Feral Pigeon Ecology and Zoonoses in Stevens Point, Wisconsin
University of Wisconsin-Stevens Point, College of Natural Resources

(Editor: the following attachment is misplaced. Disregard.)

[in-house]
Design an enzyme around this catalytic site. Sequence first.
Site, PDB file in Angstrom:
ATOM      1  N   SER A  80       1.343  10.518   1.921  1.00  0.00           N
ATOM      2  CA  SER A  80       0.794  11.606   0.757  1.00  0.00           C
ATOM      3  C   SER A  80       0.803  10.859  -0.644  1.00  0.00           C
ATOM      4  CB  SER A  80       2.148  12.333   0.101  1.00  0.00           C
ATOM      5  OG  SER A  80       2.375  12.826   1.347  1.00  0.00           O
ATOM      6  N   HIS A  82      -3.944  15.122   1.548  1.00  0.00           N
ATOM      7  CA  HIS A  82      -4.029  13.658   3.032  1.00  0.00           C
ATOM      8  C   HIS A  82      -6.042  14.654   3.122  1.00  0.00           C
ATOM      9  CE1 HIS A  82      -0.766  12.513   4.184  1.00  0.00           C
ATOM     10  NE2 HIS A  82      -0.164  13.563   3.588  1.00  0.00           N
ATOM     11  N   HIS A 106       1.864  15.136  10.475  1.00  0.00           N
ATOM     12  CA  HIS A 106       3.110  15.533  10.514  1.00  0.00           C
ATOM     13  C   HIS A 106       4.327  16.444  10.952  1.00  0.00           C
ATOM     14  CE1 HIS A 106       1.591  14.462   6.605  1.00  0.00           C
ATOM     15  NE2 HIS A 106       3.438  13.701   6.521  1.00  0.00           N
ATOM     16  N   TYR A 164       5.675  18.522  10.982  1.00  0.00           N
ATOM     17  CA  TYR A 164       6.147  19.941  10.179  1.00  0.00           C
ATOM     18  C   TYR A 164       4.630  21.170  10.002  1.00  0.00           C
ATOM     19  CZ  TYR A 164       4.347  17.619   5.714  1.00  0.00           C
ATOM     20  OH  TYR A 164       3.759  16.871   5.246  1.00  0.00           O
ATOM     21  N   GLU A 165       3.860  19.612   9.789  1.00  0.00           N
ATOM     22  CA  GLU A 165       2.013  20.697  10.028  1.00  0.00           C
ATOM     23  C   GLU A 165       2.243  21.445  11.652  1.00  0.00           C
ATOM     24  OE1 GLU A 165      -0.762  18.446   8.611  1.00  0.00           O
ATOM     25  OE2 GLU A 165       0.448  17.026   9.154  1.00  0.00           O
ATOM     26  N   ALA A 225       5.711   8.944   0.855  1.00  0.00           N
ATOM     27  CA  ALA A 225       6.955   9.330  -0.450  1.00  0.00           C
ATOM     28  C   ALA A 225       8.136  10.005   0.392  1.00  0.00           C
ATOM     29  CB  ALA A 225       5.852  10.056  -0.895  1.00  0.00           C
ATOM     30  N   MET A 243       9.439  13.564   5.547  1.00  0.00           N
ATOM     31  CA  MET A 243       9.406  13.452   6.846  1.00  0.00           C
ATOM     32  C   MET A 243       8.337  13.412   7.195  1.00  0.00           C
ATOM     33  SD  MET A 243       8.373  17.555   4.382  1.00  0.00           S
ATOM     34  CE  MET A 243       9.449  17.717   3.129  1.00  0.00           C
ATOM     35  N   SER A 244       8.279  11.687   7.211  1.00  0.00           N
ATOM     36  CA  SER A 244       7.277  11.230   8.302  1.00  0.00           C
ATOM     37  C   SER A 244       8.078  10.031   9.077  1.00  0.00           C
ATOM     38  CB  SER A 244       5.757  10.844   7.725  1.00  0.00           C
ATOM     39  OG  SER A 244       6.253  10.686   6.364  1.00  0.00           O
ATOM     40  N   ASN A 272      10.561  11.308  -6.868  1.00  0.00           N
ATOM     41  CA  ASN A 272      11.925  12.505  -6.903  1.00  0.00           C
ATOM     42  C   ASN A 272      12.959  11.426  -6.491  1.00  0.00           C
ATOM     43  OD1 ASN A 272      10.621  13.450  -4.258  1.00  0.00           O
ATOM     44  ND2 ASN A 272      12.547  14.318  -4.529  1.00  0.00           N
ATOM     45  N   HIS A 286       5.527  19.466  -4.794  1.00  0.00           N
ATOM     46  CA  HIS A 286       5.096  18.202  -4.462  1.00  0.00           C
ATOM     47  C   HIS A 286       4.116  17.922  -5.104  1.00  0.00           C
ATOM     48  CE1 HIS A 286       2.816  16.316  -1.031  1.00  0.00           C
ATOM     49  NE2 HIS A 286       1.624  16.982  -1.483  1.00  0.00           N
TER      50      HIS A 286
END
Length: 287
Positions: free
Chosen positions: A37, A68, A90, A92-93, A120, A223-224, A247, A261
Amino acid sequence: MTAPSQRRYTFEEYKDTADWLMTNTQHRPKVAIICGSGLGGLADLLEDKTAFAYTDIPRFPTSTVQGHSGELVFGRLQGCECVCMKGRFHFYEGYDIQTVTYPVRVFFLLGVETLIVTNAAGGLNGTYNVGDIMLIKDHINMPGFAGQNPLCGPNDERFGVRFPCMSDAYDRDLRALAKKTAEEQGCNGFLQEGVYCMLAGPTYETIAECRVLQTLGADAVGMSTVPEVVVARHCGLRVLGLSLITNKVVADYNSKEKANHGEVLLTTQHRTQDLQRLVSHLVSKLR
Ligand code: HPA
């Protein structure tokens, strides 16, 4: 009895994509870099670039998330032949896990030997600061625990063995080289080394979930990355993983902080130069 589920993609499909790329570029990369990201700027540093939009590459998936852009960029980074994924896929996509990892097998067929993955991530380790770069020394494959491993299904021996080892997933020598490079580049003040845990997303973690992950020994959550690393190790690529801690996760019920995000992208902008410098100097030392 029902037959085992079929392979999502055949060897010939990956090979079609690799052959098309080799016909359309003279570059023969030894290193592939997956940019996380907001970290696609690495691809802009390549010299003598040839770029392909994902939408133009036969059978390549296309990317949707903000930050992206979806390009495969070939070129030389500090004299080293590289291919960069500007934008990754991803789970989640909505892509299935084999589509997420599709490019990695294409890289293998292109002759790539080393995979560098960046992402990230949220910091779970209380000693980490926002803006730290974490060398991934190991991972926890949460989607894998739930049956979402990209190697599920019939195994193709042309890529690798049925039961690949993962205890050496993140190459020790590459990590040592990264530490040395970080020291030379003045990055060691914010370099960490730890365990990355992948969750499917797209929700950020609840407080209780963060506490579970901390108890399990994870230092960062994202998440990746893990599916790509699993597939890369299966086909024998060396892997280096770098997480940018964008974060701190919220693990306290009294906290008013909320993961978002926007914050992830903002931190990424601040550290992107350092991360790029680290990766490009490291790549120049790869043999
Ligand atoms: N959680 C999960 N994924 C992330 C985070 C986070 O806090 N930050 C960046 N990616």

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Feral pigeons (Columba livia) in Stevens Point, Wisconsin were monitored for ecological parameters and zoonoses from June 1976 through September 1977. A relatively stationary population of 900 pigeons was found to use 112 roosting sites within the city. Eight large communal roosts harbored 70% of the population. Pigeons nesting in 2 communal roost sites were more prolific than a sample of house roosting pigeons, which roosted in single pairs. An estimated annual increment of 43% was obtained by expanding productivity values from a sample of communal and house nesting sites. June was the peak month for egg laying and fledging. Hatching success was 71%; this was as well as or better than that reported elsewhere. Human factors were the greatest cause of mortality. The main food source for the Stevens Point pigeon population was the Soo Line railroad tracks, where the birds fed on grain spilled from railway cars. The pigeons were relatively healthy; Chlamydia antibodies were found in 21% of 103 blood samples and was the only zoonosis found. The feral pigeon was found to be a nuisance by only 37% of the people in Stevens Point. The pigeon population should not be exterminated, but should be managed to preclude large concentrations. Management could be accomplished by eliminating large roosts and adapting procedures at the Soo Line railroad tracks to lessen the feral pigeon food supply.